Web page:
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Painting a glorious picture

Painting a glorious picture
Finance Minister P Chidambaram utilised the vote-on-account budget for 2014-2015 he presented to the Lok Sabha on 17 February to project a story of ‘unparalleled’ growth record of UPA government in its 10 years of power (2004-2014) coupled with an appeal to political parties to carry forward left-over tax reforms (DTC and GST) and ensure continued stability of the Indian economy.

Understandably, there were no policy pronouncements with the country going to polls in less than three months and thus Chidambaram could elaborate on UPA’s record of achievements in fiscal management and ‘stellar’ performance in agriculture at an annual average of four per cent.

Chidambaram cited credible data on emerging signs of growth recovery to around five per cent in 2013-2014 and a significant drop in the headline inflation from seven to 5.05 per cent in January and predictably trumpeted his success in containing the fiscal deficit to 4.6 per cent of GDP, lower than the ‘red line’ (4.8 per cent) he had set for himself and the revenue deficit at 3.3 per cent.

Also, the current account deficit had been brought down from 88 billion in fiscal 2013 to 45 billion in 2013-2014 and adding 15 billion to the country’s foreign exchange reserves. There are now no threats of any ‘downgrade’ by international credit agencies, and Chidambaram hoped Indian experts too would now agree that ‘UPA did what it had meant’.

The finance minister firmly rejected the oft-heard ‘policy paralysis’ in UPA and said, ‘Our way of governance has not come in the way of lifting 140 million people out of poverty in the last 10 years.  That is the greatest achievement of the UPA government, and we are proud of it’.

Addressing himself to whichever party takes charge of the nation, Chidambaram said, ‘We owe responsibility to whole world to keep our economy in robust health’. Such tasks, apart from manufacturing and infrastructure, would include fiscal consolidation – to achieve target of three per cent by 2016 – as envisaged in the UPA’s road map. He also suggested that RBI, in its monetary policy, must try to balance between price stability and growth.

The vote-on-account budget has kept plan expenditure in 2014-2015 at current year’s level of Rs 5,55,322 crores while non-plan expenditure would be Rs 12,07,892 crores as at present. Defence expenditure would increase by 10 per cent to Rs 2,24,000 crore.

The budgeted receipts and expenditure totalling Rs 17,63,214 crores in 2014-2015 would leave a fiscal deficit of 4.1 per cent, which would be below the target set by the new fiscal consolidation path.  Revenue deficit is estimated at 3.0 percent in 2014-2015. These estimates would certainly undergo changes with the new policies that the post-election government at the centre would come up with in the final budget for 2014-2015 by June-July.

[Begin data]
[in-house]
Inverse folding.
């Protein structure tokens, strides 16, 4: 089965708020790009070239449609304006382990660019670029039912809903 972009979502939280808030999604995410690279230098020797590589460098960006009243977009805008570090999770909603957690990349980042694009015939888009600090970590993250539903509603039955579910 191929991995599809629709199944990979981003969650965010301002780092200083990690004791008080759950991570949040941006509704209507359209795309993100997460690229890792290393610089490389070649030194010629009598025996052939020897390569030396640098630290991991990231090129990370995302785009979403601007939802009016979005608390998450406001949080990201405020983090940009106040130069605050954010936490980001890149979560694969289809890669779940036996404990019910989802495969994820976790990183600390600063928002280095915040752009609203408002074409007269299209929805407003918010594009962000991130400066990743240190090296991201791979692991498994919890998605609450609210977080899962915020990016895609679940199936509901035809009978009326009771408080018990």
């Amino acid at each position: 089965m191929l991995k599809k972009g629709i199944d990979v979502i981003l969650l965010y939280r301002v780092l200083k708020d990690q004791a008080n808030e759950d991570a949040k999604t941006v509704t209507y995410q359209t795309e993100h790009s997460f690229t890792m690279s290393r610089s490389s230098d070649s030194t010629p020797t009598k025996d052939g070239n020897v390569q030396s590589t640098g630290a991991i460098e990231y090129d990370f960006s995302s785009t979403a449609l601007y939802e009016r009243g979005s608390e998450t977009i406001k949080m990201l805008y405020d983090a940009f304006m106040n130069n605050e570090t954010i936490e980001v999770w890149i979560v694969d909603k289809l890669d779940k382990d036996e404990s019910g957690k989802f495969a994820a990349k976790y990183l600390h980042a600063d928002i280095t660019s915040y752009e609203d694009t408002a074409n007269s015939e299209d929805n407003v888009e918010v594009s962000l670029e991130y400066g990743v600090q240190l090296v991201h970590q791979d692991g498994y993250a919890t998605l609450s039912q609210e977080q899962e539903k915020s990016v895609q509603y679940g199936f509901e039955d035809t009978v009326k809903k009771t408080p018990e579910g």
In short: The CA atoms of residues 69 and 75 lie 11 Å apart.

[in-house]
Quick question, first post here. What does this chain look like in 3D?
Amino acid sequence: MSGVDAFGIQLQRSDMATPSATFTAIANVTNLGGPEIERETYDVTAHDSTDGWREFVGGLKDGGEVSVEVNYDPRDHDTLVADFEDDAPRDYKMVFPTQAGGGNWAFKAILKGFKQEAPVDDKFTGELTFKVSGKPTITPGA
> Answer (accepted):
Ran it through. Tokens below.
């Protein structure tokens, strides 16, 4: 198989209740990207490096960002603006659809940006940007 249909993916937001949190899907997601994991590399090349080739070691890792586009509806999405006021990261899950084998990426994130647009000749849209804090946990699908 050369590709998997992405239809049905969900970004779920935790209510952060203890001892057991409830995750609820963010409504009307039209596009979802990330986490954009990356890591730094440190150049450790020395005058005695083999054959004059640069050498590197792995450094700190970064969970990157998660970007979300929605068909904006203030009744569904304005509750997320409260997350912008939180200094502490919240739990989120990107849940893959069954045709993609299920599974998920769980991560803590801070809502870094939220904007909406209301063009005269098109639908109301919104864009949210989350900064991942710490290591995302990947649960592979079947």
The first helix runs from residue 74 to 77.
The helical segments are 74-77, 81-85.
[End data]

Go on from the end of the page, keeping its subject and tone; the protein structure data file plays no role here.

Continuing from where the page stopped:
But Chidambaram took care to point out, for the next government, that the economy ‘is more stable today than what it was two years ago’, with inflation moderating, fiscal deficit declining, exports rising, exchange rate being stable and current account deficit being contained.

While not proposing any new taxes by an outgoing government, the finance minister announced indirect tax concessions, mainly union excise to give a boost to manufacture, especially the automobile sector. To stimulate growth in capital goods and consumer non-durables, the excise duty has been revised from 12 to 10 per cent on all goods falling under 84 and 85 of the schedule to the Central Excise Tariff for the period upto 30 June and these rates can be reviewed at the time of the regular budget.

Similarly, relief has been provided for the automobile industry, which has been registering negative growth. For small cars, motor cycles, scooters and commercial vehicles, the duty would be reduced from 12 to eight per cent and for SUVs from 30 per cent to 24 per cent. Some reduction has also been made for large and mid-segment cars. Chidambaram was also at pains to point out that the state of world economy which had slowed over the last three years was the ‘decisive factor’ affecting all developing countries and India was no exception.

In his review of economic developments in the year ending March 2014, Chidambaram referred to clearance of 296 projects by the Cabinet Committee on Investment with estimated cost of Rs 6,60,000 crores. But the UPA government moved into action on such clearances after long delays invited criticism from both industry and global institutions.

While there was sharp recovery in India’s exports which are estimated to reach 326 billion dollars in current year, and it helped to narrow trade deficit, the equally sharp reduction in imports had become a matter of concern for manufacturing and domestic trade sector. The finance minister attributed the sluggish growth in manufacturing sector to the deceleration in investment. The UPA government’s National Manufacturing Policy of 2011 with laudable goals in raising the share of manufacture in GDP to 25 per cent and generation of 100 million jobs over a decade, is yet to show signs of take-off. Projecting a vision for future, Chidambaram listed major tasks such as fiscal consolidation (three per cent of GDP by 2016-2017), limiting subsidy to the absolutely needy and price stability and growth, i.e.  growth which entails only a moderate level of inflation. Other tasks included completion of financial sector reforms as proposed by the Financial Legislative Reforms Commission, massive investment in infrastructure through public-private partnership, targeting subsidy to the absolutely needy, management of urbanisation and priority for skill training with
secondary and university education.

IPA
S Sethuraman

S Sethuraman

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